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Zivity, the start-up featuring semi and fully nude women in different poses, has a simple model: Make a social network similar to Facebook or MySpace, but with two separate user bases — one being subscription-paying members, and the other being models and photographers who post (artistically) nude photo-sets on the site.
Zivity has proven itself something of an anomaly by raising $8 million to date from some well known venture firms. The first million came last year, and $7 million was just added on by Bluerun Ventures and Founders Fund.
Investors normally shy away from anything that might be labeled porn, mainly because everyone else in the world also shies away from it. Advertisers, especially, tend to avoid even slightly controversial sites. Hence the subscription model, which is pretty much standard for the industry. With this investment, San Francisco’s Founders Fund continues to assert its maverick status among firms.
However, it was John Malloy (left), of the Menlo Park, Calif. office of global venture firm BlueRun venturesFusionOne, who took the risk of being quoted in the funding announcement press release. Malloy, who previously backed more IT-focused companies like Riya, Slide and Varoli, was quoted as saying: “Zivity, much like Slide and PayPal before it, has a driven and talented team focused on challenging the status quo and creating a large new market opportunity.” Founders Fund Luke Nosek also joins the company’s board.
Aside from the nudity, Zivity is keen on selling itself as a social network, not as a porn site. When I talked to him, co-founder Scott Banister — who previously co-founded the decidedly non-sexy Ironport Systems and helped sell it for $830 million last year — repeatedly referred to MySpace’s policy of removing any sort of nudity from its site.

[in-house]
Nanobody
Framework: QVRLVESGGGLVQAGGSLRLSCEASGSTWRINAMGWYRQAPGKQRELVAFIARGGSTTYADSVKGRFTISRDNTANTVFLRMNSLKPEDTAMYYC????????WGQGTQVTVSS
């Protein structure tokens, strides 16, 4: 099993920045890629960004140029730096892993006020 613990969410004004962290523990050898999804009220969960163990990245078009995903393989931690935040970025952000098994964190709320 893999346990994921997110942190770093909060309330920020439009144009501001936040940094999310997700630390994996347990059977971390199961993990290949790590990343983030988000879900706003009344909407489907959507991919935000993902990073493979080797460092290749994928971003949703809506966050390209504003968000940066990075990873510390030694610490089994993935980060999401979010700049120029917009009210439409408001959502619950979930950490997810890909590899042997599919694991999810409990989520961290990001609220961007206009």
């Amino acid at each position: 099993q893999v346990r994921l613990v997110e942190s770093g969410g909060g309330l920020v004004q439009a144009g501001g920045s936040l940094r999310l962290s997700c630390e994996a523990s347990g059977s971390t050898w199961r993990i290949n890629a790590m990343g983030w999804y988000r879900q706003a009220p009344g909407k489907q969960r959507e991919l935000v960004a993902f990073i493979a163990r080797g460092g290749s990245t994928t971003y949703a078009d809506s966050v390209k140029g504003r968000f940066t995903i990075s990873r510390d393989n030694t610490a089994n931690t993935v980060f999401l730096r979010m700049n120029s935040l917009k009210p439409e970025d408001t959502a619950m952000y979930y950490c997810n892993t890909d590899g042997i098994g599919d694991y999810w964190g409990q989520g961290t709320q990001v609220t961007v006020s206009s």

“If the MySpace anti-nudity team took a month off, they’d come back and there would be nudity everywhere. In the world we live in now, people want to be famous, they want to be creative,” he said. He’s hoping they want money, too — Zivity will share 40 percent of all its revenue with the models and photographers who post up sets, based on votes given out by members.
The site will also feature blogging and videos. There’s no requirement for nudity, but it’s obviously going to be the big selling point for members to shell out $10 a month.
I agree with Banister that there’s no point in being a prude. If nudity makes for a good business model, then go for it. On the other hand, the Internet is filled with porn. It’s not hard to be skeptical about Zivity. Why would attractive women spread around nude (or even half-clothed) photos of themselves on a social network with several hundred thousand or even over a million members — and where will all those paying members come from in the first place?
There’s a bit of a chicken-and-egg problem. Unlike a site like SuicideGirls (which Banister says is just a niche site), that pays both models and photographers up-front, models will have to wait for money to accumulate from paying members. On the other hand, members won’t start paying unless there’s plenty of content.
And there is still social stigma attached to being a member of a site like Zivity, even if it looks more like Web 2.0 than Penthouse. It’s worth noting that PlayBoy has dealt with some of the same respectability issues. For more on that, read a recent interview on Freakonomics with its editorial director, Chris Napolitano.
Zivity will begin charging its 1,000+ beta members within the next three months, so we’ll soon see whether it can work. Banister says there are about 75 models with sets up on the site so far (and from a quick glance, some of them are pretty good-looking). The company, which is based in San Francisco, will remain in an invitation-only beta until early 2009.
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